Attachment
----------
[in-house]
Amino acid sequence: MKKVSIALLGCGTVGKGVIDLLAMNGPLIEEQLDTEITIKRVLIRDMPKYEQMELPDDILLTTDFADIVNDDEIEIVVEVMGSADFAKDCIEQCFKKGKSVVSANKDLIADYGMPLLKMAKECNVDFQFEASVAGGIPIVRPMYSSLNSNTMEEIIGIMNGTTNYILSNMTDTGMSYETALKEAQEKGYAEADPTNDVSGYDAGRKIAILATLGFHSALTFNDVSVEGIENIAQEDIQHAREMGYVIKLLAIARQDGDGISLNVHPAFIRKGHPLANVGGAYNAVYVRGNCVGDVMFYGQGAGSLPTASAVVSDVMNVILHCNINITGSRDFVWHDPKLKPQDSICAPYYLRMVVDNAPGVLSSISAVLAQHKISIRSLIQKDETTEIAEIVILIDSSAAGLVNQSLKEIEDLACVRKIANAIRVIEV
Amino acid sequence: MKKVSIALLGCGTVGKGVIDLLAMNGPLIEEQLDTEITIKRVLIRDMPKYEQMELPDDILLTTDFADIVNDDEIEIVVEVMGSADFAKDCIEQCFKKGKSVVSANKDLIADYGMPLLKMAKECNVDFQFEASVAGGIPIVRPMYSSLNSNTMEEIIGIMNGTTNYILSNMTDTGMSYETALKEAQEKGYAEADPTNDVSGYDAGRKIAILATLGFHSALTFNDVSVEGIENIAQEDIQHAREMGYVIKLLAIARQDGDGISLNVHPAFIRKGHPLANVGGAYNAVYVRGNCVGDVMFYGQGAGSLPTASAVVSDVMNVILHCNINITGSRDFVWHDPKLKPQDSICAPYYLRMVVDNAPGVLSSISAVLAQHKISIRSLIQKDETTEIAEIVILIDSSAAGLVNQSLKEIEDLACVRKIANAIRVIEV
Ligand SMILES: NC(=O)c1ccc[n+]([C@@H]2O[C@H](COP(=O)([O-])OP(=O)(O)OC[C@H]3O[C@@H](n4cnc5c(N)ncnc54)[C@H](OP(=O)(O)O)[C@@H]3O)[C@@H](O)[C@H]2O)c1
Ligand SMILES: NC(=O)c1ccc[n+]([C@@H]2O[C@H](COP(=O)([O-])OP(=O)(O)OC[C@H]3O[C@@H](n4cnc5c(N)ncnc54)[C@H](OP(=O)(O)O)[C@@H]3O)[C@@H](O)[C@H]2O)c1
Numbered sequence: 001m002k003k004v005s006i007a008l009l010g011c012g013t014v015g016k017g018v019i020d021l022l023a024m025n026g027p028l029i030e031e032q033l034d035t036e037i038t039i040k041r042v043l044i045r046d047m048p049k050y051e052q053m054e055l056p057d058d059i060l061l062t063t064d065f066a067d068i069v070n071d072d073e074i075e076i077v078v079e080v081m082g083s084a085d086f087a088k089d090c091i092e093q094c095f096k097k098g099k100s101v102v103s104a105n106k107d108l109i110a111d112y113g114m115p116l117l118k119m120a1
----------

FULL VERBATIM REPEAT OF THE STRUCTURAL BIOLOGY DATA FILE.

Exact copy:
[in-house]
Amino acid sequence: MKKVSIALLGCGTVGKGVIDLLAMNGPLIEEQLDTEITIKRVLIRDMPKYEQMELPDDILLTTDFADIVNDDEIEIVVEVMGSADFAKDCIEQCFKKGKSVVSANKDLIADYGMPLLKMAKECNVDFQFEASVAGGIPIVRPMYSSLNSNTMEEIIGIMNGTTNYILSNMTDTGMSYETALKEAQEKGYAEADPTNDVSGYDAGRKIAILATLGFHSALTFNDVSVEGIENIAQEDIQHAREMGYVIKLLAIARQDGDGISLNVHPAFIRKGHPLANVGGAYNAVYVRGNCVGDVMFYGQGAGSLPTASAVVSDVMNVILHCNINITGSRDFVWHDPKLKPQDSICAPYYLRMVVDNAPGVLSSISAVLAQHKISIRSLIQKDETTEIAEIVILIDSSAAGLVNQSLKEIEDLACVRKIANAIRVIEV
Amino acid sequence: MKKVSIALLGCGTVGKGVIDLLAMNGPLIEEQLDTEITIKRVLIRDMPKYEQMELPDDILLTTDFADIVNDDEIEIVVEVMGSADFAKDCIEQCFKKGKSVVSANKDLIADYGMPLLKMAKECNVDFQFEASVAGGIPIVRPMYSSLNSNTMEEIIGIMNGTTNYILSNMTDTGMSYETALKEAQEKGYAEADPTNDVSGYDAGRKIAILATLGFHSALTFNDVSVEGIENIAQEDIQHAREMGYVIKLLAIARQDGDGISLNVHPAFIRKGHPLANVGGAYNAVYVRGNCVGDVMFYGQGAGSLPTASAVVSDVMNVILHCNINITGSRDFVWHDPKLKPQDSICAPYYLRMVVDNAPGVLSSISAVLAQHKISIRSLIQKDETTEIAEIVILIDSSAAGLVNQSLKEIEDLACVRKIANAIRVIEV
Ligand SMILES: NC(=O)c1ccc[n+]([C@@H]2O[C@H](COP(=O)([O-])OP(=O)(O)OC[C@H]3O[C@@H](n4cnc5c(N)ncnc54)[C@H](OP(=O)(O)O)[C@@H]3O)[C@@H](O)[C@H]2O)c1
Ligand SMILES: NC(=O)c1ccc[n+]([C@@H]2O[C@H](COP(=O)([O-])OP(=O)(O)OC[C@H]3O[C@@H](n4cnc5c(N)ncnc54)[C@H](OP(=O)(O)O)[C@@H]3O)[C@@H](O)[C@H]2O)c1
Numbered sequence: 001m002k003k004v005s006i007a008l009l010g011c012g013t014v015g016k017g018v019i020d021l022l023a024m025n026g027p028l029i030e031e032q033l034d035t036e037i038t039i040k041r042v043l044i045r046d047m048p049k050y051e052q053m054e055l056p057d058d059i060l061l062t063t064d065f066a067d068i069v070n071d072d073e074i075e076i077v078v079e080v081m082g083s084a085d086f087a088k089d090c091i092e093q094c095f096k097k098g099k100s101v102v103s104a105n106k107d108l109i110a111d112y113g114m115p116l117l118k119m120a1